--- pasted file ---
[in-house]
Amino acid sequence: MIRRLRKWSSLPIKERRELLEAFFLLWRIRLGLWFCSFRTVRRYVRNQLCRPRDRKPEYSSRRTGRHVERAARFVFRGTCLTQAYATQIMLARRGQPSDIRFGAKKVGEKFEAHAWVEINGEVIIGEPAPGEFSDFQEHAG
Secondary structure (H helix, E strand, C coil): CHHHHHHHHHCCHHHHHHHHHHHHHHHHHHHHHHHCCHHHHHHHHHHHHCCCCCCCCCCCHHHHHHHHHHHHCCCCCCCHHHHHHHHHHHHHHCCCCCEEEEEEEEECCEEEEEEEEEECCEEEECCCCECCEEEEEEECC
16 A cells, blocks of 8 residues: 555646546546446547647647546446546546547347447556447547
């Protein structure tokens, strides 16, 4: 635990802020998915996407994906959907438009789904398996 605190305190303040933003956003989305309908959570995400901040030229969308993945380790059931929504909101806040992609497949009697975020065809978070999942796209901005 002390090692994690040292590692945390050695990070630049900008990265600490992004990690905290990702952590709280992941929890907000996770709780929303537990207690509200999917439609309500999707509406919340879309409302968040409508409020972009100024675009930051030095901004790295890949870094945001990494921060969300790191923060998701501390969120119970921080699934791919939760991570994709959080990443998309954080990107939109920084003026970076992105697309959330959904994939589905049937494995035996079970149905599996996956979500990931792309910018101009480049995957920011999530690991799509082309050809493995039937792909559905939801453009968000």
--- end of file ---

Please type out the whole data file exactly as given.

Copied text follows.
[in-house]
Amino acid sequence: MIRRLRKWSSLPIKERRELLEAFFLLWRIRLGLWFCSFRTVRRYVRNQLCRPRDRKPEYSSRRTGRHVERAARFVFRGTCLTQAYATQIMLARRGQPSDIRFGAKKVGEKFEAHAWVEINGEVIIGEPAPGEFSDFQEHAG
Secondary structure (H helix, E strand, C coil): CHHHHHHHHHCCHHHHHHHHHHHHHHHHHHHHHHHCCHHHHHHHHHHHHCCCCCCCCCCCHHHHHHHHHHHHCCCCCCCHHHHHHHHHHHHHHCCCCCEEEEEEEEECCEEEEEEEEEECCEEEECCCCECCEEEEEEECC
16 A cells, blocks of 8 residues: 555646546546446547647647546446546546547347447556447547
């Protein structure tokens, strides 16, 4: 635990802020998915996407994906959907438009789904398996 605190305190303040933003956003989305309908959570995400901040030229969308993945380790059931929504909101806040992609497949009697975020065809978070999942796209901005 002390090692994690040292590692945390050695990070630049900008990265600490992004990690905290990702952590709280992941929890907000996770709780929303537990207690509200999917439609309500999707509406919340879309409302968040409508409020972009100024675009930051030095901004790295890949870094945001990494921060969300790191923060998701501390969120119970921080699934791919939760991570994709959080990443998309954080990107939109920084003026970076992105697309959330959904994939589905049937494995035996079970149905599996996956979500990931792309910018101009480049995957920011999530690991799509082309050809493995039937792909559905939801453009968000």